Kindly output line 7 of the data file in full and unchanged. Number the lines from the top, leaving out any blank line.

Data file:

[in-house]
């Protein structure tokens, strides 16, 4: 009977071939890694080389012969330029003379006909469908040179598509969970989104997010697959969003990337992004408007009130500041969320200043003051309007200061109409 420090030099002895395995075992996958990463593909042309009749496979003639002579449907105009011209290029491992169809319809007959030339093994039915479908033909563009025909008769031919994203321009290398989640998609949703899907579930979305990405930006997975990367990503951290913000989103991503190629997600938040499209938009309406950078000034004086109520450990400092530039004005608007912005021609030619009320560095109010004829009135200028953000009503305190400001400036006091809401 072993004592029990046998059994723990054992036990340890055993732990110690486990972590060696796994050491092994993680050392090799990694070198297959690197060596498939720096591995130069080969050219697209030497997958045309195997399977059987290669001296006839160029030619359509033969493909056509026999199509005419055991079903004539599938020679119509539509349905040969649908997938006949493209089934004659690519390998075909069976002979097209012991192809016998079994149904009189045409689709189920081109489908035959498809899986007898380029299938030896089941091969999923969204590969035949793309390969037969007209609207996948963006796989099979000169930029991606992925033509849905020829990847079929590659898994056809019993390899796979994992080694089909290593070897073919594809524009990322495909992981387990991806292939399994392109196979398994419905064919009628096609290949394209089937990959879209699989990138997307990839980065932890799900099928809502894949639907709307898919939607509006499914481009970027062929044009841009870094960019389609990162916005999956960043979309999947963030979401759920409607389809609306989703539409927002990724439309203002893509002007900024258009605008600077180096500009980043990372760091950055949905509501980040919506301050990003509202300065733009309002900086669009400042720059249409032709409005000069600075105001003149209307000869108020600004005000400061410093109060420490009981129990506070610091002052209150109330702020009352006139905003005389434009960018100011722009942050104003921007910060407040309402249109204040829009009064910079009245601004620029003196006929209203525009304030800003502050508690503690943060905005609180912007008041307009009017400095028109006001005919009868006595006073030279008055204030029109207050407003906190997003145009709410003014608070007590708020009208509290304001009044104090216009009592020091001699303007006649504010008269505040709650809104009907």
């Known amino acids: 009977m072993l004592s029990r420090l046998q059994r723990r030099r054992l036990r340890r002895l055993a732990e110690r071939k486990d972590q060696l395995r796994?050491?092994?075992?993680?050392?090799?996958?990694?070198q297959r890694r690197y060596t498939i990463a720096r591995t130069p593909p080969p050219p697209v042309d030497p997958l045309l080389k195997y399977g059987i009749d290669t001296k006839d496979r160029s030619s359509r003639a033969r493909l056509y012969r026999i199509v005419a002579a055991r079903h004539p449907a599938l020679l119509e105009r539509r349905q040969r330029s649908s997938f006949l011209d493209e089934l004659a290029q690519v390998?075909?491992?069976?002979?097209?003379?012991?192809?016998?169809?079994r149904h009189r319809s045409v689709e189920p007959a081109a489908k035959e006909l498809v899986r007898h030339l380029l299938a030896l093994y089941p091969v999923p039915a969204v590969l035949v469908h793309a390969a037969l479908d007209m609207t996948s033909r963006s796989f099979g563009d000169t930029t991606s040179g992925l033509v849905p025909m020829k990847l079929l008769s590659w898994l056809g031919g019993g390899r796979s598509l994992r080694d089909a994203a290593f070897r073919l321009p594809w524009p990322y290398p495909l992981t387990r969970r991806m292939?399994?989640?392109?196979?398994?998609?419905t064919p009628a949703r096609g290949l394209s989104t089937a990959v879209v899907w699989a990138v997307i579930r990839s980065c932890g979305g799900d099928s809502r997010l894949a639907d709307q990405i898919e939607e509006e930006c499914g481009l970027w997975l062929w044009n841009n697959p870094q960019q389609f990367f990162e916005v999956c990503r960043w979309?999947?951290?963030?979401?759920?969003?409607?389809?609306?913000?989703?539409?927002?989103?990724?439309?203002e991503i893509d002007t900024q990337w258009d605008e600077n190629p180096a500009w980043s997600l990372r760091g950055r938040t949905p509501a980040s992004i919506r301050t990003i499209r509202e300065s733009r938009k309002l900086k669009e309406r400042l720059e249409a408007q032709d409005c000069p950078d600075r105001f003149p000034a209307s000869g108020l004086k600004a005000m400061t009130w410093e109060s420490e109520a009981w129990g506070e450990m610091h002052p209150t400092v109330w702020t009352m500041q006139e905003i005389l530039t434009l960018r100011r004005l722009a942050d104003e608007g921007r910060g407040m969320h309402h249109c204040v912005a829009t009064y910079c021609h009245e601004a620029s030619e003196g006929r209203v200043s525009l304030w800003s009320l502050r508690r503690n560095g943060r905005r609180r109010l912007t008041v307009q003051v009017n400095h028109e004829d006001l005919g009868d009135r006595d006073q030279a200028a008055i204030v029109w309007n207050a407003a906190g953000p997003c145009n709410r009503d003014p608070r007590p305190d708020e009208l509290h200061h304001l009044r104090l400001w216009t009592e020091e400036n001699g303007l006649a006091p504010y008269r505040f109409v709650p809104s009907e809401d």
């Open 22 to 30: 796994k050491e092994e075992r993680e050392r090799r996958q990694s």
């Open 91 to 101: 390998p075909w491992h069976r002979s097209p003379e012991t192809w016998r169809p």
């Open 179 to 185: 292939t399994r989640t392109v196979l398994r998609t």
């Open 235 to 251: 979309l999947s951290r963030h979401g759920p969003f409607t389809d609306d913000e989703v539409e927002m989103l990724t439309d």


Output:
């Open 235 to 251: 979309l999947s951290r963030h979401g759920p969003f409607t389809d609306d913000e989703v539409e927002m989103l990724t439309d």